Category Archives: Greg Iles

Now Available for US Pre-Order

All are US publication dates, and all buy links are to Amazon. (NOTE: As an Amazon Associate I earn from qualifying purchases.)


Cassandra Alexander: YEAR OF THE NURSE: Kindle Edition & Hardcover & Paperback

Naomi Clark: THE MORTAL TOUCH: Kindle Edition

Samantha Hayes: THE TRAPPED WIFE: Kindle Edition & Paperback

Imogen Howson: A GIRL OF STONE & SMOKE: Kindle Edition & Paperback

Carrie Jones: SAINT: Kindle Edition & Hardcover & Paperback

Carrie Jones: INCHWORMS: Kindle Edition & Hardcover & Paperback


Kelley Armstrong: A TWIST OF FATE: 5th/31st October 2021: Kindle Edition & Hardcover

Kelley Armstrong: HIGH JINX: 7th December 2021: Kindle Edition

Kelley Armstrong: A RIP THROUGH TIME: 31st May 2022: Kindle Edition & Hardcover

Keri Arthur: SORROW’S SONG: 28th June 2022: Kindle Edition

Claire Askew: A MATTER OF TIME: 10th March 2022/31st May 2022: Kindle Edition & Hardcover

Darcey Bell: ALL I WANT: 11th January 2022: Kindle Edition & Hardcover & Paperback

A. R. Capetta: THE LOST COAST: 3rd May 2022 (KE & HC out now): Kindle Edition & Hardcover & Paperback

Kim Harrison: TROUBLE WITH THE CURSED: 14th June 2022: Kindle Edition & Hardcover

Karen Ann Hopkins: THE FORTUNA COIN: 12th October 2021: Kindle Edition

Karen Ann Hopkins: THE OFFERING: 30th November 2021: Kindle Edition

Greg Iles: SOUTHERN MAN: 24th May 2022: Kindle Edition & Hardcover

Emiko Jean: TOKYO DREAMING: 31st May 2022: Hardcover

Carrie Jones: ALMOST DEAD: 1st November 2021: Kindle Edition

Carrie Jones: WHEN YOU BRING THEM BACK: 1st December 2021: Kindle Edition

Carrie Jones: THE PEOPLE WHO LEAVE: 15th January 2022: Kindle Edition

Carrie Jones: THE GREED THAT KILLS: 1st February 2022: Kindle Edition

Lydia Kang: THE HALF-LIFE OF RUBY FIELDING: 5th April 2022: Kindle Edition & Paperback

L. A. Larkin: THE SAFE PLACE: 9th November 2021: (Kindle Edition)

Janelle Monáe: THE MEMORY LIBRARIAN: AND OTHER STORIES OF DIRTY COMPUTER: 19th April 2022: Kindle Edition & Hardcover

Tara Moss: THE GHOSTS OF PARIS: 7th June 2022: Kindle Edition & Hardcover

Andrew Neiderman: THE WOMAN BEYOND THE ATTIC: 1st February 2022: Kindle Edition & Hardcover

Tom Perrotta: TRACY FLICK CAN’T WIN: 7th June 2022: Kindle Edition & Hardcover

Tiffany Reisz: WRAPPED IN BLACK: 1st December 2021: Kindle Edition

Maria V. Snyder: THE KING OF KORAHA: 22nd November 2021: Kindle Edition

Victoria Helen Stone: AT THE QUIET EDGE: 19th April 2022: Kindle Edition & Paperback

Cristin Terrill: THE STARS BETWEEN US: 2nd August 2022: Kindle Edition

Rachel Vincent: EVERY SINGLE LIE: 12th July 2022 (KE & HC out now): Kindle Edition & Hardcover & Paperback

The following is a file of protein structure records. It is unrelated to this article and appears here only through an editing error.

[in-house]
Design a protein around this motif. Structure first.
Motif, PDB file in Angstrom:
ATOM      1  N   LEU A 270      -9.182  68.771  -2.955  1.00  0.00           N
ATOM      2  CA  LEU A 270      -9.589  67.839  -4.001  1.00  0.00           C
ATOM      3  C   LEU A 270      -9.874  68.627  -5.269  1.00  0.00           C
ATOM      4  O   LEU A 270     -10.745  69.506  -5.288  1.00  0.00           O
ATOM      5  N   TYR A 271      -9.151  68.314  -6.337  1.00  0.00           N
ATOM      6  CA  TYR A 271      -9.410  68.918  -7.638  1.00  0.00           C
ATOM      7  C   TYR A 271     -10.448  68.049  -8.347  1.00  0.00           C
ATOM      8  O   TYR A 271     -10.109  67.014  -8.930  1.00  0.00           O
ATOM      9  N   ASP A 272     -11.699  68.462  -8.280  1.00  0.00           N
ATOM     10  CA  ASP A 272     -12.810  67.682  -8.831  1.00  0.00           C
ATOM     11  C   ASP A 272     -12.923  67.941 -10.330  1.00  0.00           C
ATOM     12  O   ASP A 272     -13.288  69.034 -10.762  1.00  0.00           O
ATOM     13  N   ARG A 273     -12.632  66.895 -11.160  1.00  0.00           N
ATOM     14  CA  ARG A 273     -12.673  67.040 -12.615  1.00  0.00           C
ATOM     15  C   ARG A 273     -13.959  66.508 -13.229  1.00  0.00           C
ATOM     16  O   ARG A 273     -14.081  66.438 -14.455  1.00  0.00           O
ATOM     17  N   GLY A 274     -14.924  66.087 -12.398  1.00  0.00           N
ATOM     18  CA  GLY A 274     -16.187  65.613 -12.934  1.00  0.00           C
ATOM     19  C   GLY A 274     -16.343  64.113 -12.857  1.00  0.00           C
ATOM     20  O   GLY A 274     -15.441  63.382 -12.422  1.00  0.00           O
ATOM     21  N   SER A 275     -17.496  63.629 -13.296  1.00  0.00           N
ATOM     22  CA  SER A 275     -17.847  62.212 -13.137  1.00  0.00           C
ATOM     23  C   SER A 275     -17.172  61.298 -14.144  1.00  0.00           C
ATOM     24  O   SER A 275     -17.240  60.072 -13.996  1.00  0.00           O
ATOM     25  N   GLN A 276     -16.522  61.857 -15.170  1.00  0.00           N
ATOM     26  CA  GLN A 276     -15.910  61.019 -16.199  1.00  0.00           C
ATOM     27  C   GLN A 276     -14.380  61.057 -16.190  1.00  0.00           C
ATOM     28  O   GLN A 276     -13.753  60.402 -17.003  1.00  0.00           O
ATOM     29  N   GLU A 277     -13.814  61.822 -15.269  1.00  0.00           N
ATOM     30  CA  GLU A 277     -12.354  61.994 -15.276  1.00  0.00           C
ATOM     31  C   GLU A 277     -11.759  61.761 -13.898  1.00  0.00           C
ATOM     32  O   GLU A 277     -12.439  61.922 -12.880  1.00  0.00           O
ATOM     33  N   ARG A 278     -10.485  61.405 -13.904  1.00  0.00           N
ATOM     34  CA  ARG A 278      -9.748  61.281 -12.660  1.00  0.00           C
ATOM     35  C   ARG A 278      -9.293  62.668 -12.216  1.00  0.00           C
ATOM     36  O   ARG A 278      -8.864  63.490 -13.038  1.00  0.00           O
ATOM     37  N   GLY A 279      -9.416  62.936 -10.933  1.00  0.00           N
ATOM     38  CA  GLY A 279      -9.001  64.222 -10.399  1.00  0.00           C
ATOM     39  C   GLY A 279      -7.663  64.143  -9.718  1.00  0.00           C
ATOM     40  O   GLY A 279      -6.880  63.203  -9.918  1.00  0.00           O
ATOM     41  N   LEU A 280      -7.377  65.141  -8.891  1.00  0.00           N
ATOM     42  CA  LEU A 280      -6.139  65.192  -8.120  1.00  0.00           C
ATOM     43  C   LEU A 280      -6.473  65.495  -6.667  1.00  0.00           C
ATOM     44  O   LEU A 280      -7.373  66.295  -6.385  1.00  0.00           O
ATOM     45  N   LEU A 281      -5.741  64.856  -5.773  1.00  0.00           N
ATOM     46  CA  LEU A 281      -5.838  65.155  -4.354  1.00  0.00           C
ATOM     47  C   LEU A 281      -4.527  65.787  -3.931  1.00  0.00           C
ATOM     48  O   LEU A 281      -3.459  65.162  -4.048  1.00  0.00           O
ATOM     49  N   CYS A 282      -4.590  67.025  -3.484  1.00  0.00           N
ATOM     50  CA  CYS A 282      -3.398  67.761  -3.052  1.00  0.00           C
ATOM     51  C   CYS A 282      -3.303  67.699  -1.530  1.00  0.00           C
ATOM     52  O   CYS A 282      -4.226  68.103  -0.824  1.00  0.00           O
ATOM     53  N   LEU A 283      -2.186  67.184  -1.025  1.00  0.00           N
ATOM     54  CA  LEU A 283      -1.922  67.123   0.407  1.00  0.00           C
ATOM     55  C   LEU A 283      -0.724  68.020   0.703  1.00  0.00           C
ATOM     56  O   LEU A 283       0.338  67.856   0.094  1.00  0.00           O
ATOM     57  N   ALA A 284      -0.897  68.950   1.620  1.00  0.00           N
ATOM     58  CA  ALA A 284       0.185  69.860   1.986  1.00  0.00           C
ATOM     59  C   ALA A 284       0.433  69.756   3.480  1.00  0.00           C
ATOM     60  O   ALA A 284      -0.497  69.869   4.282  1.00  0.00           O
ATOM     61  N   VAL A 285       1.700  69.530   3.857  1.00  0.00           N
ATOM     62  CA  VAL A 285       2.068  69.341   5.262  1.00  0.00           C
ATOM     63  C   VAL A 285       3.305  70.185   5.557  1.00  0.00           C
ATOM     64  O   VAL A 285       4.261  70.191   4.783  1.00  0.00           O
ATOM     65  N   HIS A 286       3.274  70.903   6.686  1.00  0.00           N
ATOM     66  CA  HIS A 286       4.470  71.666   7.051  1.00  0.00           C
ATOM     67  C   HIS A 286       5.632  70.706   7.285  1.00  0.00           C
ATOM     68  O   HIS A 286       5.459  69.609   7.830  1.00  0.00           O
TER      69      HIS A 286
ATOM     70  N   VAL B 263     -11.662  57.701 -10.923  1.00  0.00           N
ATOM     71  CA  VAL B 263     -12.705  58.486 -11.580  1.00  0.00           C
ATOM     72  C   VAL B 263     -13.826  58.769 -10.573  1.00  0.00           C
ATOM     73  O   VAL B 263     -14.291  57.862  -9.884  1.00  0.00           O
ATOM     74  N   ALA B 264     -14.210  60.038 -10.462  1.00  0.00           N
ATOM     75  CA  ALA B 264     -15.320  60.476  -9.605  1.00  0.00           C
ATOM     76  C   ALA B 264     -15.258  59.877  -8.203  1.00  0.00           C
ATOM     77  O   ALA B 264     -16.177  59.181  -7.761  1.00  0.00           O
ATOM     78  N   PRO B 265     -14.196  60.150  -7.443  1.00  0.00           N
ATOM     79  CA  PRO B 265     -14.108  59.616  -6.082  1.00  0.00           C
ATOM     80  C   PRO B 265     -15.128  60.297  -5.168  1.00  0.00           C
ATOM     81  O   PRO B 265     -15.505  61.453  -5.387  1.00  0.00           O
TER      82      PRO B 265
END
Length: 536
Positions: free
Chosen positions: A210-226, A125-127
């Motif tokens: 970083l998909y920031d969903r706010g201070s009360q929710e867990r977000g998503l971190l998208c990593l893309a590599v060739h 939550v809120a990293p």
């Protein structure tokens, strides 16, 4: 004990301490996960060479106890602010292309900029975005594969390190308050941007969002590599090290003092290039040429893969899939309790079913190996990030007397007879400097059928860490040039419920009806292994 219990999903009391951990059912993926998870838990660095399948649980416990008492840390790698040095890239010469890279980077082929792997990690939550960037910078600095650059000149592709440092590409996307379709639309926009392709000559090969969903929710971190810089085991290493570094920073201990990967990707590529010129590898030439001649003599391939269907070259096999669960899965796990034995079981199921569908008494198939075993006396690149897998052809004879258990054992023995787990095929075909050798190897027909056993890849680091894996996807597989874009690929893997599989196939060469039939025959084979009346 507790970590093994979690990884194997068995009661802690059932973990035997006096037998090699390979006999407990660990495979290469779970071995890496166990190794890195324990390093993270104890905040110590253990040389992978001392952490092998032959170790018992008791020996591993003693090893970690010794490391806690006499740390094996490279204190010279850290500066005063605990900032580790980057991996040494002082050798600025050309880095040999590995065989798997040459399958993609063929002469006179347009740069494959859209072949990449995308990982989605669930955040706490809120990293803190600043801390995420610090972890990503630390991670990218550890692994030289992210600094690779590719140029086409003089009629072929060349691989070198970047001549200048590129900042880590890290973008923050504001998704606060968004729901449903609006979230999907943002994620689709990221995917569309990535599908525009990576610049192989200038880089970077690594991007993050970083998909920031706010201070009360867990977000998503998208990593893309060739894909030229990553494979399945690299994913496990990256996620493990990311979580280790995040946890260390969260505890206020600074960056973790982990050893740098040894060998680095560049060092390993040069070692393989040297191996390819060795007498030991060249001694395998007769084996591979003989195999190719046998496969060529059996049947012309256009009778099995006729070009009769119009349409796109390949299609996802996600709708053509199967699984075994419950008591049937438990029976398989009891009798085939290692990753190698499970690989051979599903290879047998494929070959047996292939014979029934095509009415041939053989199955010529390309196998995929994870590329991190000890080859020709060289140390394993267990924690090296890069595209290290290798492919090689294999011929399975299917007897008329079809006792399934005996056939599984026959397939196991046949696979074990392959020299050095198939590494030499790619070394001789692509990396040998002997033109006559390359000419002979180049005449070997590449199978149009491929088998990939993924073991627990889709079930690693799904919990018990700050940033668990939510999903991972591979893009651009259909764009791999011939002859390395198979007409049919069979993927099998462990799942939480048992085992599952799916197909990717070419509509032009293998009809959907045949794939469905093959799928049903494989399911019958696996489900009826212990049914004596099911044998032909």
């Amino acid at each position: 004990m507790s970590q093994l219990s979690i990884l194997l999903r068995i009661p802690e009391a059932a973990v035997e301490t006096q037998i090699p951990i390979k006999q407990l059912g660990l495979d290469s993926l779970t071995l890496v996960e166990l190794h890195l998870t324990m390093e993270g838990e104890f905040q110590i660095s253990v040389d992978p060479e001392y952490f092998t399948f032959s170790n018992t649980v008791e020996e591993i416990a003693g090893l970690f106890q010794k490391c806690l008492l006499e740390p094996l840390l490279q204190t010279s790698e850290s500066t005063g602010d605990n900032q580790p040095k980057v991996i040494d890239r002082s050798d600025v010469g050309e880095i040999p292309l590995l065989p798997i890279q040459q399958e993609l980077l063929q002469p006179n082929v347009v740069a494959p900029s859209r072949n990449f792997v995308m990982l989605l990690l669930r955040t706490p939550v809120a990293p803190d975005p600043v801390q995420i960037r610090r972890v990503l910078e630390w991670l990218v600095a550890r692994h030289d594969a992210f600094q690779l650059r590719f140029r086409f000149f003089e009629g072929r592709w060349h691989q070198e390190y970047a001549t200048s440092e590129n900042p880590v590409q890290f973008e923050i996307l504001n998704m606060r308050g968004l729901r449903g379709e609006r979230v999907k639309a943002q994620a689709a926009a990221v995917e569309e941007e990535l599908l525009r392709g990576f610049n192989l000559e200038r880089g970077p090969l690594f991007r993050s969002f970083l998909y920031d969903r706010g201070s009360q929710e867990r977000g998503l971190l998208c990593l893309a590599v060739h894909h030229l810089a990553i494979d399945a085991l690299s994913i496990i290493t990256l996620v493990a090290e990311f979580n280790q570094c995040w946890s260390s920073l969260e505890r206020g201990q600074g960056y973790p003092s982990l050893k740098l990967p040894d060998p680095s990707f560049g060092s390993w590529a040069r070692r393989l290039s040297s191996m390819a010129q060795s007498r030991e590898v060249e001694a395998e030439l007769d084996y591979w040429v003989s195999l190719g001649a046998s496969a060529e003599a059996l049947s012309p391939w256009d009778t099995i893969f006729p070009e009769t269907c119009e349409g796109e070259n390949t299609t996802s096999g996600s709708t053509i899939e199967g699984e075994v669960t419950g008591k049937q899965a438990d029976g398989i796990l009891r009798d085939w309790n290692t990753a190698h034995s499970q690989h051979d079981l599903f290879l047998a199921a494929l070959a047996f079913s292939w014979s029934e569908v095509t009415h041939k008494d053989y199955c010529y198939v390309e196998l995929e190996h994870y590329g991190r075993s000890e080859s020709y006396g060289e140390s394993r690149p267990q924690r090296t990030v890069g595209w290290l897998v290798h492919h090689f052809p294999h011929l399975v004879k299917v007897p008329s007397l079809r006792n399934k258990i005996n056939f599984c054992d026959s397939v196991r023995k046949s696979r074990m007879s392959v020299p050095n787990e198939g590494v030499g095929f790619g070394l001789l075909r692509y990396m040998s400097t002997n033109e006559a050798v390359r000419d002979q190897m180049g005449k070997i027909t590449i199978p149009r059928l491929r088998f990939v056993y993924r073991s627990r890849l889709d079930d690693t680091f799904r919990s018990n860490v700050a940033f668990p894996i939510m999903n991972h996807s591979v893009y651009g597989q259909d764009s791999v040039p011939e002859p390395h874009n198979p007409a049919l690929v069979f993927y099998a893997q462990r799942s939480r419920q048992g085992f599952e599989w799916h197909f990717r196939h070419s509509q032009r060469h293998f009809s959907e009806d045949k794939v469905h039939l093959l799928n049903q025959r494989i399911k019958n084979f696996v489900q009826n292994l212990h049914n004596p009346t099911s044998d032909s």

Rachel Vincent: NO ONE IS ALONE: 12th July 2022: Hardcover

Mary Weber: RECLAIMING SHILO SNOW: 12th October 2021 (KE & HC out now): Kindle Edition & Hardcover & Paperback

Scott Westerfeld: YOUNGBLOODS: 1st March 2022: Kindle Edition & Hardcover

May 2020 Releases

The following is a list of books released in May 2020, which was last month.

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[REVIEW] The Bone Tree – Greg Iles

Greg Iles
The Bone Tree (Penn Cage, Book 5)
HarperCollins (AU: 23rd March 2015; UK: 9th April 2015; US & CA: 21st April 2015)
Buy (US Kindle Edition) Buy (US Hardcover) Buy (US Paperback) Buy (UK Kindle Edition) Buy (UK Hardcover) Buy (UK Paperback) Buy (CA Kindle Edition) Buy (CA Hardcover) Buy (CA Paperback) Buy (Worldwide Hardcover) Buy (Worldwide Paperback)

TRIGGER WARNINGS: Hate crimes, racism, rape, racial slurs, child abuse.

If your book is over 400 pages, every bloody page should deserve to be there.

Greg Iles’s The Bone Tree is just over 800 pages (Australian trade paperback edition). And I’m sorry to report that an entire plotline didn’t work for me at all. This is awkward because the interesting bits are awesome, but an entire plotline bored me so much that my attention was near nil.

The bothersome (for me) subplot involves political figures from the 1960s. One of the fictional characters even interviews, and is flirted with by, one of these people in the contemporary. And I just didn’t care. I don’t want real people in fiction.

Lincoln Turner makes an excellent point when he remarks that white people have become the focus. Penn Cage and everyone else are no longer concerned with the death of Viola Turner – Penn’s single-mindedly driven towards keeping his father safe and out of prison. Caitlin Masters is focused on continuing the investigative journalism into the Double Eagles that Henry started.

Viola Turner’s death launched this trilogy. Jimmy Revels, Pooky Wilson, Albert Norris, and countless other black people were abused, tortured, and murdered. And yet CIA agent John Kaiser cares more about the white political figures from the 1960s. *head-desk*

But the story really gets fascinating when Caitlin starts searching the swamp. And the DIY-surgery scenes are riveting.

The Bone Tree really packs a punch when it sticks to fictional characters. But when it involves real people, I lost interest. This novel could’ve been an absolute stunner. It still has flashes of brilliance, but interspersed are too many scenes that fail to engage.

[REVIEW] Natchez Burning – Greg Iles

Greg Iles
Natchez Burning (The Trial of Tom Cage, Book 1)
HarperCollins (UK: 13th March 2014; AU: 1st April 2014; US & CA: 29th April 2014)
Buy (US Kindle Edition) Buy (US Hardcover) Buy (UK Kindle Edition) Buy (UK Hardcover) Buy (UK Paperback) Buy (CA Kindle Edition) Buy (CA Hardcover) Buy (CA Mass Market Paperback) Buy (AU) Buy (Worldwide)

A 791-page tome is a big ask. Especially considering it’s a thriller, and the first in a trilogy – is it possible to keep the tension going for so long? Greg Iles is no ordinary writer, and thus he succeeds where others wouldn’t.

It’s also quite a challenge to write about racism and prejudice, and the author asks all the tough questions, with even more uncomfortable answers. And that’s the point: people are often prejudiced, though they don’t mean to be. Even thinking of someone as “exotic,” and admitting that’s part of the allure – this is prejudice, and Tom Cage acknowledges that. In a promotional video, the author says, “No one is immune to prejudice,” and this book shows that truth.

This is Mississippi. Even in my high school in far away Australia, studying the film Mississippi Burning was part of the English curriculum. Although the lead characters love Natchez, they know the way the town is run and the things that happen in it are far from perfect. As mayor, Penn Cage does what he can, but even he is way out of his league when dealing with the likes of the Double Eagles and their descendants. What starts as trying to get his father off a murder charge soon becomes just the tip of the iceberg.